Teaching Preschoolers Stories

children learn like a spongePreschool children soak up a language like a sponge! They can learn a foreign language without really trying, but you need to know how to capture and hold their interest, because preschool and kindergarten children have a short attention span!



If you do not know how to attract and keep their attention, then you are going to be lost at sea with the children ignoring you and not learning anything.  That is a demoralizing place to be as this teacher found out at her first lessons:


"I volunteered to teach children 3-5 years old and the first day I bombed so bad, I was afraid some of the parents might not come back.  I have spent hours, days, months and money I do not have, and I still found myself in a panic repeating 'Head, Shoulders, Knees and Toes', parents in tow."  Kathryn Williams, USA



Fortunately, you have come to the right place for a solution to this problem.  Read on to find out more about teaching preschoolers with stories, and what you need to be an effective and engaging preschool teacher.


Benefits of using stories


ESL Stories are an ideal way to intrinsically motivate your preschoolers; children love listening to stories so you are halfway there. The rest is about making the story interesting and colourful and Shelley’s ESL Stories enable you to do just that. 



What results you can expect


Scheherazade captivated Bluebeard by telling him a story every night, 1001 Arabian Nights actually and was rewarded by a pardon and her life.  What a graphic example of the influence of stories!  Do not underestimate the power and benefits of telling stories to preschoolers  and get ready to be amazed as Aladdin was when he rubbed the lamp and the Genii appeared. No Genii here, but tangible building blocks for developing minds. Here are just some of the significant aspects:


1. Rapid Progression and improvement in vocabulary and comprehension


Children absorb a language at this age rather than consciously learning it as older children do. The more English is heard, the more likely the preschooler will acquire it; so what better way than telling stories where words have a meaning in context, the tone and melody of the spoken word giving elegant examples of pronunciation and flow patterns.  Research over 75 years comes up with the same conclusions, reading aloud to children builds vocabulary, comprehension while they are naturally soaking up proper grammar and word usage. ESL Stories are original, lively and spellbinding that you won’t find elsewhere, written ingeniously revising and repeating key vocabulary.


2. Improved behavioural and listening skills


Learning English through listening to Shelley’s ESL Stories is an ideal way to improve listening skills. Young children love stories and ask to hear the same ones over and over again.  This is strange when you think that they already know the story inside out, and they still want to hear it again, but it’s fantastic from a language learning point of view.  As soon as you start telling a story suddenly your little pupils are mesmerized, silent and will sit quietly staring at the story pictures.  It’s amazing the effect the stories have on them!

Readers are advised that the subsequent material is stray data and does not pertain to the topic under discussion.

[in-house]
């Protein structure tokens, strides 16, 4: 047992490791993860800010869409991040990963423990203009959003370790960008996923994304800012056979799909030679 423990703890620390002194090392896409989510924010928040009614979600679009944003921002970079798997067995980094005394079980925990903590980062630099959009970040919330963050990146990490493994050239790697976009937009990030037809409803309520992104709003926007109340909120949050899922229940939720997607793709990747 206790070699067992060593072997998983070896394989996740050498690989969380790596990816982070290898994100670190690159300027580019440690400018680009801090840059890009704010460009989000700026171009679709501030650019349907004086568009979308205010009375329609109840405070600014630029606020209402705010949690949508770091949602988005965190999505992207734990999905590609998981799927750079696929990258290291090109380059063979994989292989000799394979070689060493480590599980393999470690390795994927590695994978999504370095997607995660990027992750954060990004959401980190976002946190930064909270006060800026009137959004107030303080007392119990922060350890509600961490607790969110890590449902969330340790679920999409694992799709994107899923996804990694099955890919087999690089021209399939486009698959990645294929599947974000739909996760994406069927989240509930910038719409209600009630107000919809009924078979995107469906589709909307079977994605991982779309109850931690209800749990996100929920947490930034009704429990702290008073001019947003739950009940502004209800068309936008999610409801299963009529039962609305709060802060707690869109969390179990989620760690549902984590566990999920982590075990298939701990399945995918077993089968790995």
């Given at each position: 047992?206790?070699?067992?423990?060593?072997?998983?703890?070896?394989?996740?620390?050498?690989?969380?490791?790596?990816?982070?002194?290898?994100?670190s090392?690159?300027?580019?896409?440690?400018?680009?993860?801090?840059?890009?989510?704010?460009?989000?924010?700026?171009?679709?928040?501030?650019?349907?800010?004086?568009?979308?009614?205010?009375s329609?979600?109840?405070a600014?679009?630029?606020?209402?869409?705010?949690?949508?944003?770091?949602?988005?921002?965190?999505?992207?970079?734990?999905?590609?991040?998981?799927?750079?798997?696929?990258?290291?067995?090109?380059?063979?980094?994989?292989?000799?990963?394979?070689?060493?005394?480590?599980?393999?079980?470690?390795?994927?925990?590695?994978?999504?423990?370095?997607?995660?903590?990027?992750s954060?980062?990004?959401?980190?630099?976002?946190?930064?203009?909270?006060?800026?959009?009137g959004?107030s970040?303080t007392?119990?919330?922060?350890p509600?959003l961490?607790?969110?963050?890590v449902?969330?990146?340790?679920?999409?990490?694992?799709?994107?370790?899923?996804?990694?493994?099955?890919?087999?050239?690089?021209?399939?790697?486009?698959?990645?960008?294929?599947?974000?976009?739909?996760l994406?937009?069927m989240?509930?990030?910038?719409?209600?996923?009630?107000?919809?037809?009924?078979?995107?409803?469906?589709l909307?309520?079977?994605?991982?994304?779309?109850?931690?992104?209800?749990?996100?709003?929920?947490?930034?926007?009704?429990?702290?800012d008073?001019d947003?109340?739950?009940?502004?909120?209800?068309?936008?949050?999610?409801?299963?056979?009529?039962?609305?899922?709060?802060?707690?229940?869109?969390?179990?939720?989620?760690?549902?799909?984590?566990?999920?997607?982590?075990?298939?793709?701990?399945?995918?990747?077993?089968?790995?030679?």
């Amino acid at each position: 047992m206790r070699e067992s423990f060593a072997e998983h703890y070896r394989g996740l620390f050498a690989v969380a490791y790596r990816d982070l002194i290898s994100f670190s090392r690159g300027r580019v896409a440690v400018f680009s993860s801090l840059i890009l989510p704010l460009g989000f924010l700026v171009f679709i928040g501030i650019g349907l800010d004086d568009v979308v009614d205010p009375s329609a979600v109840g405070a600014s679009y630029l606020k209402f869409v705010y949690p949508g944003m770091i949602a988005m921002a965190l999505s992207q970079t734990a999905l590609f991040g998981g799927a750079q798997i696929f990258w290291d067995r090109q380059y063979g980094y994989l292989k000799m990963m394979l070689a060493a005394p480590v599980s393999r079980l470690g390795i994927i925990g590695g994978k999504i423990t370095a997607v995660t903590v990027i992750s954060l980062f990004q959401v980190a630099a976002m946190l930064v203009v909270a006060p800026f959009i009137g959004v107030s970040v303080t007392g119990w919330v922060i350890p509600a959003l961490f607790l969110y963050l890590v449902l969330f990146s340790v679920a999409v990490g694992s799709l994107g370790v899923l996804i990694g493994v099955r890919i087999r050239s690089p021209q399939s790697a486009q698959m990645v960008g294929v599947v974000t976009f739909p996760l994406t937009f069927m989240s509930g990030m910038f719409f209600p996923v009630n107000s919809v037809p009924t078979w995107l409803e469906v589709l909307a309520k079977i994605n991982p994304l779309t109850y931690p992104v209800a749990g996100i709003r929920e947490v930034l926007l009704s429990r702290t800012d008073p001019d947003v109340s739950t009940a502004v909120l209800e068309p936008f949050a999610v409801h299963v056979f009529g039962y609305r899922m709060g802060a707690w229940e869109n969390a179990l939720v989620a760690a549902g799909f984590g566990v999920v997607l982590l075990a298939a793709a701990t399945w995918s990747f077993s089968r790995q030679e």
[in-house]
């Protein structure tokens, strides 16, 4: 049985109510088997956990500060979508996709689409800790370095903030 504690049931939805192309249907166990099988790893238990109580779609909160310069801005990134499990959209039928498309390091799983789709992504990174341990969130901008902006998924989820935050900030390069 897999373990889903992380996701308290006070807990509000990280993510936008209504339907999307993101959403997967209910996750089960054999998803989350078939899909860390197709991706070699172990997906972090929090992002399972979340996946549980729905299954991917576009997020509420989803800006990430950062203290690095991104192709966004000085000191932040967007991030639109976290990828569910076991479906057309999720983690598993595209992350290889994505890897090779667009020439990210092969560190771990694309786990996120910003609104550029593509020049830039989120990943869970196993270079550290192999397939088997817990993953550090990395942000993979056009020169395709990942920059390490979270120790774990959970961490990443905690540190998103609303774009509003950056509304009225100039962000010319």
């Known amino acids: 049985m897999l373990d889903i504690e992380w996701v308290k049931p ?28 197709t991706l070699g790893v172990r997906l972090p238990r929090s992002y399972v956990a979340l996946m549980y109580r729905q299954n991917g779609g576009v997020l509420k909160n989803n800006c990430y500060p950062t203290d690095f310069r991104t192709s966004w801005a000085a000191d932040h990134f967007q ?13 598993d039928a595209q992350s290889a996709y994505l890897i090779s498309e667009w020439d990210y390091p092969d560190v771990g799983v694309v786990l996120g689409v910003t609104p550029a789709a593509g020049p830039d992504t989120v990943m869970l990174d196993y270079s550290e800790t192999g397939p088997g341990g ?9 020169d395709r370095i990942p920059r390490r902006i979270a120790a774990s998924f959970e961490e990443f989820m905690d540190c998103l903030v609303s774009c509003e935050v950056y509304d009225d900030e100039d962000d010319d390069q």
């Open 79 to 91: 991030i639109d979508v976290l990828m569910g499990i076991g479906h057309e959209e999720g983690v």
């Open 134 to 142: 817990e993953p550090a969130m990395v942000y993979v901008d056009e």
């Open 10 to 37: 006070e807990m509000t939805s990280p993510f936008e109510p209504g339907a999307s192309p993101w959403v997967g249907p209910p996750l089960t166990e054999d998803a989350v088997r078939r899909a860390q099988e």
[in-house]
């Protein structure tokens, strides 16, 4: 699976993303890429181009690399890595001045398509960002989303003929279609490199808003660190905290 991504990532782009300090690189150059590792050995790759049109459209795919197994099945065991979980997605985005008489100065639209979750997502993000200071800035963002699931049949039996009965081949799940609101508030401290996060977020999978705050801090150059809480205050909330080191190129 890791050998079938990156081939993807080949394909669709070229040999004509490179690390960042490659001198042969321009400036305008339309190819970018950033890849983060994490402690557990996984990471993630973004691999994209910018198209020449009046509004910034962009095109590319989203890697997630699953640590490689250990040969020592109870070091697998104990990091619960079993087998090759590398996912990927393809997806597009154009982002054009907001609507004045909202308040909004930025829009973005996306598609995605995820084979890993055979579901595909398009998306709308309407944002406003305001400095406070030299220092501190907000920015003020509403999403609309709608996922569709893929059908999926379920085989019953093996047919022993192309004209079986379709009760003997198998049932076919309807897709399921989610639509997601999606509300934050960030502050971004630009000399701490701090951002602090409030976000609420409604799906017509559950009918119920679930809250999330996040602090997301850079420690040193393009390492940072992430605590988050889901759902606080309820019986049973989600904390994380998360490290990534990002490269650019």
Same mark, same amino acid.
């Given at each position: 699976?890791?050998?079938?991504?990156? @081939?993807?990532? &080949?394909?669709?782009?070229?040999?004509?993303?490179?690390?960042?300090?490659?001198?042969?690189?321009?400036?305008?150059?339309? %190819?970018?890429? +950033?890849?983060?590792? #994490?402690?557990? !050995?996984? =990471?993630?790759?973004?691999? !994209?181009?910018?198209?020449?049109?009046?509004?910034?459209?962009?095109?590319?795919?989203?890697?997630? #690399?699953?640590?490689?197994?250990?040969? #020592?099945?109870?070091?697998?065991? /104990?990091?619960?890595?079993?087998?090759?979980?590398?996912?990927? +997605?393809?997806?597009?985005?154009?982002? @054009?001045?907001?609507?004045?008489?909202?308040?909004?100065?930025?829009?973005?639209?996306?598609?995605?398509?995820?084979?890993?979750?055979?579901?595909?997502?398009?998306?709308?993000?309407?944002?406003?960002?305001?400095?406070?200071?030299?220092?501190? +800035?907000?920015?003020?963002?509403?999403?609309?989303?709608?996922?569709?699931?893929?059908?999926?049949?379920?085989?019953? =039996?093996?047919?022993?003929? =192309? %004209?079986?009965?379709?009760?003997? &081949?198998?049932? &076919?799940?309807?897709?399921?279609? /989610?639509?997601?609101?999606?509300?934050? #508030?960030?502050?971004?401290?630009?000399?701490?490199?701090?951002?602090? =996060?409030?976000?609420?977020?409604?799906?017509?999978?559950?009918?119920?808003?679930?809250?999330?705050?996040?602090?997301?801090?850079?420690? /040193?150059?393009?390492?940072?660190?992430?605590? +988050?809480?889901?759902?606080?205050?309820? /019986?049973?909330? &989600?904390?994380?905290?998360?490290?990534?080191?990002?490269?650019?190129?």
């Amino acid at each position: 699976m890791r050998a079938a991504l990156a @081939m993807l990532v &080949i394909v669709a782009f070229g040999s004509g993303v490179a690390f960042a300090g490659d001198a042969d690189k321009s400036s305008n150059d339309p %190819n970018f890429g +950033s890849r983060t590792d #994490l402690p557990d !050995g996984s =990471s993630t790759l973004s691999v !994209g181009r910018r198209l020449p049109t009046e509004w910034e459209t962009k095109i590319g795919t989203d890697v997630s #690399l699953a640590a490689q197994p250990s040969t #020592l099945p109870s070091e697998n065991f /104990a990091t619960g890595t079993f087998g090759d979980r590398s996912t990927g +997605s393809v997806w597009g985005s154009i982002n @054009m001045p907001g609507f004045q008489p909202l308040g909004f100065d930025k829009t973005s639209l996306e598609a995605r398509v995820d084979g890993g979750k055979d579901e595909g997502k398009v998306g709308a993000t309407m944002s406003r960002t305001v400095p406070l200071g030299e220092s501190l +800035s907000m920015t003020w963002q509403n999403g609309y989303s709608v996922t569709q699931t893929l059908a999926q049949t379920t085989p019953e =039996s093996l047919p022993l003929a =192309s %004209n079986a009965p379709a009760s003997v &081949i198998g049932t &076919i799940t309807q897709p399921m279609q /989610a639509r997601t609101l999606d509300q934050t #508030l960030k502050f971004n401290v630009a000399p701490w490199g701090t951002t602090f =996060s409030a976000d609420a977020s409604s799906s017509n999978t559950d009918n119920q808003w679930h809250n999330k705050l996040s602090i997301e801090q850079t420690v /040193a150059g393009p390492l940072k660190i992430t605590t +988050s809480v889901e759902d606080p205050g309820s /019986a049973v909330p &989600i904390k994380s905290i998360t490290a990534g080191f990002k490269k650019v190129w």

A useful message can be contained in the story, aside from language learning. Also, different topics are covered, introducing new concepts of the wider world.  In any case children love them.


story telling magic


3. Improved teacher child relationship


Reading stories together is fun! As a teacher, you are a model for your captive audience, and your interpretation is an important skill in this enjoyable experience. Preschoolers want to please you, as the new adult in their lives, so they are more likely to be attentive and relaxed but focused. As teachers, we know that a close relationship between you and your charges is productive; research backs that up by finding significantly superior results.



How to get the best out of Stories


1. Preparation is key


Please bear in mind that you cannot tell a story without preparing pupils properly.  Key vocabulary, phrases and sentences from the story need to be taught first using language games. Once you have prepared the children with fun vocabulary games and activities, you are ready to read the story.


Rehearse telling the stories.


Bring in real objects when you can, such as clothes to dress up in, or props for acting out little plays or stories. When you cannot bring in real items use whatever objects are available in your class, and use bright pictures of real items in the games.



Bring in puppets or teddy bears and have the puppet introduce the new vocabulary for the lesson. If you do not have a puppet you can make one from a paper bag, or by sewing a couple of buttons on a sock.




2. Teaching guidance notes


Enhancing story telling


Stories, along with songs, allow children to hear and understand far more English than any other method. The story can be the focal point of the lesson, giving meaning and context to odd words and phrases learned in isolation.



Stories can be used tactically



This curriculum of stories is especially written for preschool and young primary English language learners. Vocabulary and language is introduced gently and progressively using a combination of new language and revision of what has been covered. Not too much language is introduced at one time, so even three year old language learners will understand and learn from these stories, and gradually build their vocabulary.



Make it happen!



Check out my stories curriculum, starting with stories 1-10


Get a free sample story with games


Free preschool teaching kit